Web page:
The data isn't really in a usable form, at least not one that I'd want to spend the time digging through and looking up each individual VIN. Fisker HQ may have a better way to extract the data though.
 

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Discussion Starter · #5 ·
The data isn't really in a usable form, at least not one that I'd want to spend the time digging through and looking up each individual VIN.
This is sort of what I expected, so thanks for clarifying what you have access to!

Regarding your vehicle, I'm 99% certain you have the old clip in your RDM that is prone to failure. About 85% certain you have soft spline motors that may spin out on you.
And maybe its time for me to have some spline/RDM work done as preventative maintenance on "Bond" (#007).
 

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When you start thinking about having it done, feel free to contact me. I'll be happy to discuss options, cost, etc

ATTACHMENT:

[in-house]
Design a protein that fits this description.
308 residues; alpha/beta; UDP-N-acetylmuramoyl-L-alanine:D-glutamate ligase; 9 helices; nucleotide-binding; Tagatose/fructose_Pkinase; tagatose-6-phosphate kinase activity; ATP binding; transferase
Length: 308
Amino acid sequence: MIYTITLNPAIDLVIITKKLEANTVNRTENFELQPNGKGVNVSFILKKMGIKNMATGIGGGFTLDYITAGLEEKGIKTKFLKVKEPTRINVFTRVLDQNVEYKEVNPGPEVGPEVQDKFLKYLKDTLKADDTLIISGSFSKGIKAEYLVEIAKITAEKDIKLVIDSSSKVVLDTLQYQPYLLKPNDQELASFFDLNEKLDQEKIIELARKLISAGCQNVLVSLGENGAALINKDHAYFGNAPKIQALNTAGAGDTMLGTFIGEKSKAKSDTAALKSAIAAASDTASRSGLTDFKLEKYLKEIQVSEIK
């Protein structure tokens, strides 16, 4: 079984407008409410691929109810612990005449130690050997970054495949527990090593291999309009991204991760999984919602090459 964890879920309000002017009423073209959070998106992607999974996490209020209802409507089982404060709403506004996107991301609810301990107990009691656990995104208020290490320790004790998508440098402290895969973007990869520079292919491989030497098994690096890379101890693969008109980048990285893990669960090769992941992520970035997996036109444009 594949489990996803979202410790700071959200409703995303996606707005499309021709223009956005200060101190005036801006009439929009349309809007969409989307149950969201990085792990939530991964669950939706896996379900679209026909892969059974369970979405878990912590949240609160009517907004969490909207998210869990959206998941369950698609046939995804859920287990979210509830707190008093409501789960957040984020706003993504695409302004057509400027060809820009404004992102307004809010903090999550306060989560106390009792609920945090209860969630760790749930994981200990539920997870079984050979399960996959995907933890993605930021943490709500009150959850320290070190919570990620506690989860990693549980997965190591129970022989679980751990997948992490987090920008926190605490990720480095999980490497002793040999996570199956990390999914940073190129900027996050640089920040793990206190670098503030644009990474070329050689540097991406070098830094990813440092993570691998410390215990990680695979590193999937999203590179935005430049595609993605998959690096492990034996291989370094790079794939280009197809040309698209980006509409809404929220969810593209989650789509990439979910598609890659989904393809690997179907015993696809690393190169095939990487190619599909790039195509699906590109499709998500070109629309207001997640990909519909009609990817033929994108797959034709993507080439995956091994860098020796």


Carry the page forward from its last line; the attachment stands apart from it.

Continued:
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About 85% certain you have soft spline motors that may spin out on you.
Lormax: are the soft splines a problem for a particular VIN range (ie: 1-1000), or is that a problem for all Karmas, with mileage/ICE use being the trigger in all cases?

And does pre-emptive action save you additional expense later, or should one just wait until the problem arises, if it arises, to address it?
 

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I've seen a spline issue in a vehicle with a VIN as high as 1478. Now, it may not have been a soft spline issue and more of a no-grease problem, allowing rust to form and act as an abrasive to wear it out.

The really early VIN's, sub 500 or so, have a pretty definite issue with the soft splines.
 

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The really early VIN's, sub 500 or so, have a pretty definite issue with the soft splines.
So, with #328 (just a couple above Dennis' former drive), is an ounce of prevention worth a pound of cure, or do I keep driving and let Harleyguy deal with this when it becomes an issue?

PS - the sub 500 stat seems responsive to the original post, so that's good to note.
 

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It's an expensive fix, and can be dealt with when/if it spins out on you. Of course when it spins out, you're flatbedding the car from wherever it's at. Some people are pro-active about it, some people are reactive about it. Either method works, the result is the same, as long as the RDM clip is updated prior to it damaging itself beyond repair.
 

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Discussion Starter · #11 ·